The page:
Tom was a true intellectual with a wide range of interests — and I mean wide. When I was working on my doctoral dissertation on women’s rights in Africa, one of the advisors on my committee was in poor health and was unable to continue working with me. My dissertation director, Bob Rodes, told me to contact Tom and ask him to serve on my committee. I was initially a little skeptical. I knew that Tom was an expert on legal ethics, law and morality, wills, trust and estates, but women’s rights in Africa? Nevertheless, I went ahead and asked him. Tom agreed and threw himself into the project with his usual vigor and enthusiasm. Not only did he read what I would send him to read, but he read widely on the topic on his own. In fact, so much so, that when the time came for me to defend my dissertation in front of my committee, Bob Rodes and Tom entered into a protracted discussion and academic disagreement on the topic, that resulted in a fascinating back and forth between the two of them. Needless to say, I was delighted by that, as I just had to sit back and listen and contribute a comment every now and then while watching two gifted scholars duke it out. Their discussion continued for months after I had turned in my dissertation — they would email back and forth, including me on the emails, suggesting new insights and continuing to read around the topic.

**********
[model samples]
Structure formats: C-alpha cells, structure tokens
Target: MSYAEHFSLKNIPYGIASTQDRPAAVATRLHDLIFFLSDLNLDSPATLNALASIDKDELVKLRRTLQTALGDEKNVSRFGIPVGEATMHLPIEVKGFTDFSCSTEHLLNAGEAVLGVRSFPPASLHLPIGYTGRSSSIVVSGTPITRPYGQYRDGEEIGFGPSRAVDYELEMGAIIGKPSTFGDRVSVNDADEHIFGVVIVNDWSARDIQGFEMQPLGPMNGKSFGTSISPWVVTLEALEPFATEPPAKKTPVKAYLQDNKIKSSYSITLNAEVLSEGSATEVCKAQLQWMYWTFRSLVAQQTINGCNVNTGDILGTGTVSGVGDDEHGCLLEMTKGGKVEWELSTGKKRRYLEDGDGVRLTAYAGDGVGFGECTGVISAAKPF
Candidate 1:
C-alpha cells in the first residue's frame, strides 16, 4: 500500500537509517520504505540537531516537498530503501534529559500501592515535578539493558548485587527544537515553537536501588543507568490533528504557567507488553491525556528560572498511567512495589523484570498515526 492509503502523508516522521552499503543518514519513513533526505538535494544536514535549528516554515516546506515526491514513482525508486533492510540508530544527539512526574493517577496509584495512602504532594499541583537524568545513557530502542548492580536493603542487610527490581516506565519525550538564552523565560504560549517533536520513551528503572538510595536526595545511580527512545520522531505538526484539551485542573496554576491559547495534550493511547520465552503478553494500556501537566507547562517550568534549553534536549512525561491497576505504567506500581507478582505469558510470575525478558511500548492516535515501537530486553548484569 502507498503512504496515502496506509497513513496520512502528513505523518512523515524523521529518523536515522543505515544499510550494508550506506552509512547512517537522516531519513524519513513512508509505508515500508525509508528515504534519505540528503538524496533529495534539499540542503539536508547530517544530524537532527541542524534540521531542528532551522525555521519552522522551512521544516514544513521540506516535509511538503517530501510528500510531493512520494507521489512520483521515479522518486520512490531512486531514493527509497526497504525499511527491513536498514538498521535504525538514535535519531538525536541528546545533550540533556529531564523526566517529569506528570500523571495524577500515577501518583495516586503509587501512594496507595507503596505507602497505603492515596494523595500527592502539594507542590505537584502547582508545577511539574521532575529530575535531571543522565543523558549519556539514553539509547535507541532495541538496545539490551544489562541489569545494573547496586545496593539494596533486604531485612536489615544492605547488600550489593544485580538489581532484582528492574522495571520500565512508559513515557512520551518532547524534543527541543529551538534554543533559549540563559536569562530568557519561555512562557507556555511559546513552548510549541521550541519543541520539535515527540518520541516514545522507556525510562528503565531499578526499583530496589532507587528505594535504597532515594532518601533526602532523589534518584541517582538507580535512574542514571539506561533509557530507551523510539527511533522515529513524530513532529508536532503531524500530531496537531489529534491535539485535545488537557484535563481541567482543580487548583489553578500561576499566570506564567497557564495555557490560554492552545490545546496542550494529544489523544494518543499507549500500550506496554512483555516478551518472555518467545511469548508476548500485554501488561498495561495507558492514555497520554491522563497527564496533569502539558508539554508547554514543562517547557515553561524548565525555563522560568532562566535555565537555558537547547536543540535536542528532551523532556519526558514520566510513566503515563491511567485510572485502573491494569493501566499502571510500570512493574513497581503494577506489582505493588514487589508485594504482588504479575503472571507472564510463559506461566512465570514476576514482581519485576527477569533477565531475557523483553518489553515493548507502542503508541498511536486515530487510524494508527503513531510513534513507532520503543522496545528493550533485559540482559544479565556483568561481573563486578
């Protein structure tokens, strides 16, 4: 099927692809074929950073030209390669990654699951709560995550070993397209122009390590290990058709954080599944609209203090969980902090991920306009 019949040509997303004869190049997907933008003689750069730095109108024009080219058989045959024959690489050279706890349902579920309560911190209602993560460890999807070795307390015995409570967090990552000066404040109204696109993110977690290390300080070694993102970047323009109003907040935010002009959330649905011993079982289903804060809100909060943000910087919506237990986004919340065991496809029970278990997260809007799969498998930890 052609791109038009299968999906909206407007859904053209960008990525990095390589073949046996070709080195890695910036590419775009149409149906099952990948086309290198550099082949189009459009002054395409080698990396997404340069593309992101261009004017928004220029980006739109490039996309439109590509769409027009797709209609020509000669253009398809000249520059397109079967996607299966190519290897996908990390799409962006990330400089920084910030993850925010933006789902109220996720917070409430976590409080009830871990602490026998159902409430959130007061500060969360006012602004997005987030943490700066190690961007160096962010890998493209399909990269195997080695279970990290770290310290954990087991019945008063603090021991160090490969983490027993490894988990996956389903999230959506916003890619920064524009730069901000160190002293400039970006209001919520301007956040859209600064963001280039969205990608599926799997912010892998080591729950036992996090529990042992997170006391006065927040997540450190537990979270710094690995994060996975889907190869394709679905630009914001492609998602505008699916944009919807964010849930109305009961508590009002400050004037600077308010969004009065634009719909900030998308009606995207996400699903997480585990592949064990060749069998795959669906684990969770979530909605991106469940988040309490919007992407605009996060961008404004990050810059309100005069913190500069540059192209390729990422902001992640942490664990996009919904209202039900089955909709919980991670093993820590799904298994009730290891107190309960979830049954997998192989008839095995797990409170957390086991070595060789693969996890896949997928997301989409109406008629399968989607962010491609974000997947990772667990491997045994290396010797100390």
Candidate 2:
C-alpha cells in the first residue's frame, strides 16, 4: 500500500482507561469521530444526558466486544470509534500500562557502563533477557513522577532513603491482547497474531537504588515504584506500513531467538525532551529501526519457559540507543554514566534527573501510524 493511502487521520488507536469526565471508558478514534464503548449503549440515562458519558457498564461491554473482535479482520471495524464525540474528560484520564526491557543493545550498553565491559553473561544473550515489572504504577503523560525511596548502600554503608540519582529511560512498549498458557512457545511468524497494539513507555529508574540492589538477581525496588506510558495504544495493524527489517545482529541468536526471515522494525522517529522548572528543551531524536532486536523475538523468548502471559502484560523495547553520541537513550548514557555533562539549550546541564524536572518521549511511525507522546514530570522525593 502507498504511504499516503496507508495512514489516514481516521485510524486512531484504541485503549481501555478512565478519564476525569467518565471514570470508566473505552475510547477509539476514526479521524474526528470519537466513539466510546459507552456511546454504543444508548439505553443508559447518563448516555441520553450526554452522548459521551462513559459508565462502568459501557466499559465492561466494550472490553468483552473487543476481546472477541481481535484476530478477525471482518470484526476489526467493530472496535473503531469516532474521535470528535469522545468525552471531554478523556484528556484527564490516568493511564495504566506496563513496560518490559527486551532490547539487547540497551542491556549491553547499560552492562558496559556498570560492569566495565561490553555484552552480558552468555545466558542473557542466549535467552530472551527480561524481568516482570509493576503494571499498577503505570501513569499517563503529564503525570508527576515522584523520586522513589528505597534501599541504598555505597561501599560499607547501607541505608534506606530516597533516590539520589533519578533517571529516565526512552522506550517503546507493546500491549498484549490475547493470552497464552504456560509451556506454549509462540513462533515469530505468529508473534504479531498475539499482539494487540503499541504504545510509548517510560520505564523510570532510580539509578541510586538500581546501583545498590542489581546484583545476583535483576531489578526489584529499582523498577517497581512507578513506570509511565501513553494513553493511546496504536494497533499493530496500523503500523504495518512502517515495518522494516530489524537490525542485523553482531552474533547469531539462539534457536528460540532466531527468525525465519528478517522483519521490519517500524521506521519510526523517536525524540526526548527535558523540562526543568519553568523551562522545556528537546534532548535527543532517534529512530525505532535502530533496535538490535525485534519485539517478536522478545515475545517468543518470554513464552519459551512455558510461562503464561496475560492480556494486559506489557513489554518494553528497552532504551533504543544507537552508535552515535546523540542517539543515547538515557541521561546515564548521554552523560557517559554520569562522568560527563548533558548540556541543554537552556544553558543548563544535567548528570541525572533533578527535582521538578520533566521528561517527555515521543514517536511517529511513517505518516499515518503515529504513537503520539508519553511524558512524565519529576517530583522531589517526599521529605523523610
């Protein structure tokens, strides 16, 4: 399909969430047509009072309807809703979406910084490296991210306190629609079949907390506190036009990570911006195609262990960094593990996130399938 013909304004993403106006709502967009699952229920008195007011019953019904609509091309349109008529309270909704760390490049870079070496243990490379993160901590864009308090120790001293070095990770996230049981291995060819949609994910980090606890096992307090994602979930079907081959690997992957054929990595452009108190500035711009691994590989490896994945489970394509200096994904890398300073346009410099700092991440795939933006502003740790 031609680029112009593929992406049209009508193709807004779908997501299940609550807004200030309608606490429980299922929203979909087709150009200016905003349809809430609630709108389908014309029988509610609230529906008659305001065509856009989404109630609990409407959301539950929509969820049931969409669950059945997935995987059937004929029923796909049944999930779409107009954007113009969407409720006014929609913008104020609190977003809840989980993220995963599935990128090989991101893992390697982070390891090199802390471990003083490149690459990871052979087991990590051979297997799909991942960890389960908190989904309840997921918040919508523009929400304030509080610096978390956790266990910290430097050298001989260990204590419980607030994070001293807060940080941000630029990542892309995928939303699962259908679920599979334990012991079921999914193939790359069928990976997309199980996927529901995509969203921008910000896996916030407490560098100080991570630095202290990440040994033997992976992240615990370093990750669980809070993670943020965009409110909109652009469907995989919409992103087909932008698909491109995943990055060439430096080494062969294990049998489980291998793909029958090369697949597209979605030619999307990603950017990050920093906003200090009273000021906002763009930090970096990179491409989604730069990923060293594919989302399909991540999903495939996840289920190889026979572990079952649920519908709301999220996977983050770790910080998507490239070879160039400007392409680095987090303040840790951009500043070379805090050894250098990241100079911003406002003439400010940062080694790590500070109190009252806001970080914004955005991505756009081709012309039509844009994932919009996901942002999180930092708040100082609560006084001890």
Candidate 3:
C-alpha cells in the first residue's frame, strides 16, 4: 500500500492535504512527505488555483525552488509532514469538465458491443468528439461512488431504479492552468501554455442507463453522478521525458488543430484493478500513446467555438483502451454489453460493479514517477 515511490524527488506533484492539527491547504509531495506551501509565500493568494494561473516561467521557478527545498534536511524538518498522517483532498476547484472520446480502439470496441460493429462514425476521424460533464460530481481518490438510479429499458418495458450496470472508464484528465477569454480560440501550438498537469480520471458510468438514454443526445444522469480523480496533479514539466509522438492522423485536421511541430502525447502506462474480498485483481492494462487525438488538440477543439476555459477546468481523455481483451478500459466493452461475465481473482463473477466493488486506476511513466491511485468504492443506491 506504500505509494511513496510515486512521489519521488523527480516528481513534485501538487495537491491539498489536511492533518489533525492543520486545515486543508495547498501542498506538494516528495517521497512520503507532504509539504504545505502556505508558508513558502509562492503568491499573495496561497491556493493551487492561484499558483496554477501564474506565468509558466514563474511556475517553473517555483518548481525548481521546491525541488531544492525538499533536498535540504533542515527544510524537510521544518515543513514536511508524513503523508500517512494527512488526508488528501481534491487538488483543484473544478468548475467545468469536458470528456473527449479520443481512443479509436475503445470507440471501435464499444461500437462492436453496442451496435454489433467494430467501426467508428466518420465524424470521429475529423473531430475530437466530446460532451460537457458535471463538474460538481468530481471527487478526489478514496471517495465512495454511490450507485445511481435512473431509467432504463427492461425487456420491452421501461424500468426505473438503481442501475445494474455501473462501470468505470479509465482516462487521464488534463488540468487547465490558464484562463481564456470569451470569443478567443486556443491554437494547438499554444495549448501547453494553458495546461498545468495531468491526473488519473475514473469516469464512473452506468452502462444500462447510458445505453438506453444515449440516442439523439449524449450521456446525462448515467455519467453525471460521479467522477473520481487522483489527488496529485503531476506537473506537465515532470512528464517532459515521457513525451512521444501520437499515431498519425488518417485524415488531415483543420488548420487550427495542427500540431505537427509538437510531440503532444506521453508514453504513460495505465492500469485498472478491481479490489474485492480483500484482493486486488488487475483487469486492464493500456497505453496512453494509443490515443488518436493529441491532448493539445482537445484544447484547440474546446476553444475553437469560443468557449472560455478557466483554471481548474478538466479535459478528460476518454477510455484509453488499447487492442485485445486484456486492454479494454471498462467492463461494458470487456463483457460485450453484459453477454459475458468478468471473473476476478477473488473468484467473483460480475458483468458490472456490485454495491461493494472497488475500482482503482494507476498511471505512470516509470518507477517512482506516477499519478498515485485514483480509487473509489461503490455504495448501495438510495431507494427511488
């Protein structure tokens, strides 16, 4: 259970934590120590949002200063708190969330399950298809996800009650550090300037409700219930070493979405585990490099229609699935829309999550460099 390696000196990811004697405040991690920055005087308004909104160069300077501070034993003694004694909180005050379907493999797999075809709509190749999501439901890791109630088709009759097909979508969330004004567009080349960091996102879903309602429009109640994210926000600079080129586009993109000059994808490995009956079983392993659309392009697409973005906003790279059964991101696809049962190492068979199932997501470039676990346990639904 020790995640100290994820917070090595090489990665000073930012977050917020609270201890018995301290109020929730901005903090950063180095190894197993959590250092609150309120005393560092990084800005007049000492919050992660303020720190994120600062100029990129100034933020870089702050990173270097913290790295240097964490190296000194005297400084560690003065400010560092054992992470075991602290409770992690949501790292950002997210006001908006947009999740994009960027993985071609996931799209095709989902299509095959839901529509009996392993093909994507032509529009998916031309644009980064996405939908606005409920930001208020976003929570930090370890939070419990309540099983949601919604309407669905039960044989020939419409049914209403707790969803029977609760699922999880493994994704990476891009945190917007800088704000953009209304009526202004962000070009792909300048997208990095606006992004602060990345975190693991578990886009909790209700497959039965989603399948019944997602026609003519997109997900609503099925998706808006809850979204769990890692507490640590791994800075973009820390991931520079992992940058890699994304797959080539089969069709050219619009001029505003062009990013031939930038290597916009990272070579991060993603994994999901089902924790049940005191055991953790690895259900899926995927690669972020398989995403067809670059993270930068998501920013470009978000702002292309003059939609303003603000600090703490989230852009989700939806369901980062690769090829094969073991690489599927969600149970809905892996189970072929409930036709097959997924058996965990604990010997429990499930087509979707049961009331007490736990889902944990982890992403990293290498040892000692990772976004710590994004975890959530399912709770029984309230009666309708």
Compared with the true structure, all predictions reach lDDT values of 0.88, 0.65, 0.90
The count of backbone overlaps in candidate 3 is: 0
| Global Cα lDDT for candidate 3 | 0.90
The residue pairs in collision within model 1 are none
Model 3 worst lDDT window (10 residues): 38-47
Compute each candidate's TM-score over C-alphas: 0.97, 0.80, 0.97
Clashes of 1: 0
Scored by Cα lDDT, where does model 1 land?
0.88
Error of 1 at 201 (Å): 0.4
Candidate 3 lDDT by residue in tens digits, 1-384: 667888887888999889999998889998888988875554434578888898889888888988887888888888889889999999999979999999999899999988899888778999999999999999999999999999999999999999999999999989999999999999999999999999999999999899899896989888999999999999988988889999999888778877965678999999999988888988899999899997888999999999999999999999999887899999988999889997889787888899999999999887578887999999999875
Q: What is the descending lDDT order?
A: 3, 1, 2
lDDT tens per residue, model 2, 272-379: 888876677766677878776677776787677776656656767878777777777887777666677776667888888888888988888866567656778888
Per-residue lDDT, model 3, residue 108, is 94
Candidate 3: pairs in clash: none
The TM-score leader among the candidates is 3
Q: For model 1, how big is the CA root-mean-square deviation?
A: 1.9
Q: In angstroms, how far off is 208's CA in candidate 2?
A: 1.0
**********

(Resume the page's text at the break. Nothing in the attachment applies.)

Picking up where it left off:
I also had the privilege of working with Tom in the Legal Aid Clinic. Tom had joined the Clinic after attending a lecture by the author Jonathan Kozol, who had talked at the law school about working among the poor. One of Tom’s old friends, Tom Broden, told him that he would learn more about this issue by being among people in need, than by just reading about it or attending lectures on the subject. Tom already knew that, of course, from observing his wife Nancy’s work with the poor and marginalized in South Bend. So Tom joined the Clinic to learn and to serve. Tom loved his work there — he was influenced by the work of Gustavo Gutiérrez, and would always talk about our clients as people who are close to the heart of God.